The well-sorted suspension also means that the ride comfort is still really very good, with the twin-shock rear end soaking up bumps with aplomb. You’ll still be doing your best to avoid the worst of the potholes, but it’s nice to be able to run over roadkill without feeling the crack of its bones beneath you!

Honda CMX1100 Rebel styling

Okay, let's address this as I think it needs to be mentioned. The CMX1100 is a modern take on the cruiser style. Honda has gone at this bike with a seeming amount of tunnel vision – take the CMX500 and make a bigger one. And that they have done, as aside from the missing balloon tyres, it is pretty much identical-looking to its smaller sibling.

I’m just not sure I’m sold on the look – and it’s mainly down to the engine. Parallel twin-cylinder units can look great in a cruiser. Just look at the Triumph Bobber or Speedmaster. The thing is, they need to be dressed up a little to make them really shine. Both versions of the CMX are a bit more utilitarian in how they go about things, with the DCT of the bigger Rebel highlighting this.

I get it, the retro look isn’t for everyone, although using an engine with all its ancillary pipes and systems on display in a bike like a cruiser, it does remind me of those car-engine motorcycle swaps you used to see in Back Street Heroes!

One thing about our test bike that I did like, was the batwing fairing. It’s not as big as on some American machines, but it’s extremely effective and creates a nice little bubble for you to hide behind. After the neat looking textile saddlebags, this would be my next purchase if I was lining a Rebel in my garage this summer.

What we like about the Honda CMX1100 Rebel:

  • Handling, ride quality, brakes
  • Ride-by-wire throttle and fuelling are perfect
  • The optional batwing fairing is excellent (a must-have)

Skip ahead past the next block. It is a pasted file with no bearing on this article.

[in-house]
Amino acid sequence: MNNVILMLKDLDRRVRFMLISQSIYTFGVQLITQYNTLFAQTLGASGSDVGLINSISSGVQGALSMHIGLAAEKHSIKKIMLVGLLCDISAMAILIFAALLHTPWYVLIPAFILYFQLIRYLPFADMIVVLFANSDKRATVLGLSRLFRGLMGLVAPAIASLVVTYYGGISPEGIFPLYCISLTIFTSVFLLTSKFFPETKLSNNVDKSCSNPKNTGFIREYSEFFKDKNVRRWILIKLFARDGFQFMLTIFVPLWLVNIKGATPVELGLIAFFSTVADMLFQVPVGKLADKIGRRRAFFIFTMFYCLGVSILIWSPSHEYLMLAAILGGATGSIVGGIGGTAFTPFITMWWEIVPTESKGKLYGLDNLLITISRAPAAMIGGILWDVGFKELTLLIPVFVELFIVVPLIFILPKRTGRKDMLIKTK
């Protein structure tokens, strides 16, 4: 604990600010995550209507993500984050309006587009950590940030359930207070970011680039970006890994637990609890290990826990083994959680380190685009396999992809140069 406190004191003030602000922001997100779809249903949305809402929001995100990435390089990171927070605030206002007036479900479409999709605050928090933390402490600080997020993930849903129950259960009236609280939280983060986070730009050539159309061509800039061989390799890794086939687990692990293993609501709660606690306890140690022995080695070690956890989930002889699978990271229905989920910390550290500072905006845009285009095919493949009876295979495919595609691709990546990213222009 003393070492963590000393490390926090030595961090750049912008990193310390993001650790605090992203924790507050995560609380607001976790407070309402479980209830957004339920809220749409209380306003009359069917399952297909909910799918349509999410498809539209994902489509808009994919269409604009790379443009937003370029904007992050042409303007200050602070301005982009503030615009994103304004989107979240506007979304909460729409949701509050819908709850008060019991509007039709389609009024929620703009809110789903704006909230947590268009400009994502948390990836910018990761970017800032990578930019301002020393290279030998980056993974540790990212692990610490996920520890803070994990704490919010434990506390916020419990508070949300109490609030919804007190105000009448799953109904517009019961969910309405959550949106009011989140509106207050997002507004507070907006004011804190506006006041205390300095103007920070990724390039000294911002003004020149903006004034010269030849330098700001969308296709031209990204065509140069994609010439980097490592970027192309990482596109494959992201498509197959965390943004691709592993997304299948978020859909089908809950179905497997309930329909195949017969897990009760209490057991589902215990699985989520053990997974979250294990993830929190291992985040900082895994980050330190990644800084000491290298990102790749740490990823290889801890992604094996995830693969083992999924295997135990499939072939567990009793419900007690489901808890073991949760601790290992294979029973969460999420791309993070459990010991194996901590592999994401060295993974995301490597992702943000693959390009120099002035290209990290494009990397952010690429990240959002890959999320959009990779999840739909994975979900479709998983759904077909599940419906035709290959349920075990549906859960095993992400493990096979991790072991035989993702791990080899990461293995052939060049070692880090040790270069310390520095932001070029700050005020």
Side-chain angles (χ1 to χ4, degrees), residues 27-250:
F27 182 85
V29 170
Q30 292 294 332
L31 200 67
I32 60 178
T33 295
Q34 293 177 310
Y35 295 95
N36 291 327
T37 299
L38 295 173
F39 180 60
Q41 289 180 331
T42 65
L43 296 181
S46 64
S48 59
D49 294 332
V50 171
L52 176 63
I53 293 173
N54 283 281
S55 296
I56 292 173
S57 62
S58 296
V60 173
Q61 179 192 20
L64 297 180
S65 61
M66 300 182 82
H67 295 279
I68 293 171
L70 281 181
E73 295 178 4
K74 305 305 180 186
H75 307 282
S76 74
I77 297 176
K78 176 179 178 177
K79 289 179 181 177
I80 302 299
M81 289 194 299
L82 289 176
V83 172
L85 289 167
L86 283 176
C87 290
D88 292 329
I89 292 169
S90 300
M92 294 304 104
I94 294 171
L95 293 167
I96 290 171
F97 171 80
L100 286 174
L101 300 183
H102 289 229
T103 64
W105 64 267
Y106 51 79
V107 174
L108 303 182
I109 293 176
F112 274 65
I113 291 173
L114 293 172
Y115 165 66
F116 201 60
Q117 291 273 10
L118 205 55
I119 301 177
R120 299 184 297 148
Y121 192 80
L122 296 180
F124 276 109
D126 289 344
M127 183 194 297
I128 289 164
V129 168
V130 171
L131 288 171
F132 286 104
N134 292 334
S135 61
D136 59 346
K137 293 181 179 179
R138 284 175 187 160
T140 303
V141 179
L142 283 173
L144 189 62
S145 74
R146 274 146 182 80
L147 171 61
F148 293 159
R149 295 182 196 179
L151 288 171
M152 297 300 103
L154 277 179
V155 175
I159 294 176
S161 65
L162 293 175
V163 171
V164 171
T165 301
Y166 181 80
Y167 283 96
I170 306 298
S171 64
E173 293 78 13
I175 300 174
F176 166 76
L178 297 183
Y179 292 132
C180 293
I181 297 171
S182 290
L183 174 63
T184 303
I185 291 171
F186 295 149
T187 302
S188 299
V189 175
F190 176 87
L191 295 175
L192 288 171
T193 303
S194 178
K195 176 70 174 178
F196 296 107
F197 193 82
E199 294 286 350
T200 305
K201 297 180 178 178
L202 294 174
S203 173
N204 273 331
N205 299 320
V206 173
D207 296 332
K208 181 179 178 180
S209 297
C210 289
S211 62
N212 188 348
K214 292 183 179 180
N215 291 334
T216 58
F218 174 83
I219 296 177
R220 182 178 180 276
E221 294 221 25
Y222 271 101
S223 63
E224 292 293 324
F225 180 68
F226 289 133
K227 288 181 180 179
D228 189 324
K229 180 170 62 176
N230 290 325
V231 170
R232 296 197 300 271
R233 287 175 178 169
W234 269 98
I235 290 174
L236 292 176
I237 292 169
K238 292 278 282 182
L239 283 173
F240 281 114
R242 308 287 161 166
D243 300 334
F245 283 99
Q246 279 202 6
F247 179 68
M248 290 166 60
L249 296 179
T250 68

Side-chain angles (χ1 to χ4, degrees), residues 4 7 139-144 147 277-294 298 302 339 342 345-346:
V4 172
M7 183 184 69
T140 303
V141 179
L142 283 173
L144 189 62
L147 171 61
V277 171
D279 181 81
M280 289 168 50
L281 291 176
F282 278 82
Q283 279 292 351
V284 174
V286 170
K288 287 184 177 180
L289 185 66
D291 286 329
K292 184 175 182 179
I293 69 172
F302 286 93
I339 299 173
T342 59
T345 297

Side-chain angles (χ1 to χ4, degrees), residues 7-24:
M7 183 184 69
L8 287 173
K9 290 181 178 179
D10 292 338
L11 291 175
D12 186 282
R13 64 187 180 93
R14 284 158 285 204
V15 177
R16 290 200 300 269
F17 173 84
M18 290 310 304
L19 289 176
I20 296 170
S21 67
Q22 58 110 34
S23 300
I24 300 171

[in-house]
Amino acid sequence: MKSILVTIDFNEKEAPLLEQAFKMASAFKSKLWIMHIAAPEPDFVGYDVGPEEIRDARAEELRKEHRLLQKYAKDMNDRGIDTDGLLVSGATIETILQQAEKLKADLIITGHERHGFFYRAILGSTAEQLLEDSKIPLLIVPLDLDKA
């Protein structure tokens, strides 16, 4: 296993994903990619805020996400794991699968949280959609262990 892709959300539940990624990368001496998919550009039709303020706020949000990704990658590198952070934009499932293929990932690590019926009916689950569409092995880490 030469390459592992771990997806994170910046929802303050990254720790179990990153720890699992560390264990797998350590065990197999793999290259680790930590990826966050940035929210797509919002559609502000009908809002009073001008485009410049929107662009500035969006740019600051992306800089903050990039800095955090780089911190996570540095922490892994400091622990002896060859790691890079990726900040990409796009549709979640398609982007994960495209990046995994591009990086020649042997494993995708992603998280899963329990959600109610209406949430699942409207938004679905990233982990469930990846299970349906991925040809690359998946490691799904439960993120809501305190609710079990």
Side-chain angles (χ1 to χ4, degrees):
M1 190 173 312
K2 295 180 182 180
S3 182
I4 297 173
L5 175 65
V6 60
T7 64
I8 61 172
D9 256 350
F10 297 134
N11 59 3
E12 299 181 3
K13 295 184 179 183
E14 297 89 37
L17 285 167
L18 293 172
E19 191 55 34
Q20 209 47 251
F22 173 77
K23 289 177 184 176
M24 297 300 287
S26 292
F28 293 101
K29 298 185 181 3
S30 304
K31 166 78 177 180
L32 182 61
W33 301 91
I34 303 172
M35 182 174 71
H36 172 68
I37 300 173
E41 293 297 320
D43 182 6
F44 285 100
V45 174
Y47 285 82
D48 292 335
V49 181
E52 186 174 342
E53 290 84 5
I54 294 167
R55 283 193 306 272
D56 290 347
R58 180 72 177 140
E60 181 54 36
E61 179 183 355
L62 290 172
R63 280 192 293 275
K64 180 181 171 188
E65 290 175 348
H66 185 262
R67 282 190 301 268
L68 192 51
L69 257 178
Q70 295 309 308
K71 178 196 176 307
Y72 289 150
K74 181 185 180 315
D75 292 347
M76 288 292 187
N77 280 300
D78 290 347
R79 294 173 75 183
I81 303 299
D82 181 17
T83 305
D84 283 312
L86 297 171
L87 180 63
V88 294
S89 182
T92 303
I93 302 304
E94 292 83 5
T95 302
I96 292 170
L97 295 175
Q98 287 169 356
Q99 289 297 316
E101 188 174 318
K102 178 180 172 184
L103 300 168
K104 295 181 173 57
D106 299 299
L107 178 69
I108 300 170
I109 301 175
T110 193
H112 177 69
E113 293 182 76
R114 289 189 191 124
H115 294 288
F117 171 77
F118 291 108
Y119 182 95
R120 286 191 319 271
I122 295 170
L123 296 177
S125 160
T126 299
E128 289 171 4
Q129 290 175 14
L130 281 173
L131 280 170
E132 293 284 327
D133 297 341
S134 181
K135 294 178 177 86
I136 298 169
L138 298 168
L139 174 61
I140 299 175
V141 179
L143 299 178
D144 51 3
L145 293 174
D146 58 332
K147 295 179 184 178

• ABS and traction control work beautifully

What we didn’t:

  • Riding position becomes tiresome if on the motorway
  • The pillion seat is tiny and fairly hard

Honda CMX1100 Rebel verdict

While the Rebel’s 1100cc parallel-twin engine may have purists reaching for the mind bleach, to the people who actually matter (Honda fans who don’t like ‘normal’ cruisers) the CMX1100 is actually a stroke of genius.  And those who make the jump from the tried and tested over to this new-wave machine will be rewarded with one of the sweetest handling cruisers I’ve ever had the pleasure of riding.

If you are the kind of rider that has always snubbed traditional cruisers as slow, cumbersome, and fundamentally flawed, you really need to get yourself a test ride on this thing. It takes all of those points, screws them up and kicks them into the weeds. It proves that a cruiser doesn’t have to be harsh, prone to understeer, and all at sea in the bends.

Granted the riding position becomes a pain in the arse after an hour and a half of motorway work, but that and the small pillion seat (optional) can be fixed with Honda’s expansive accessory catalogue – probably for not much dosh.

The new Honda CMX1100 Rebel is in dealerships up and down the UK now, check out the Honda website for more information.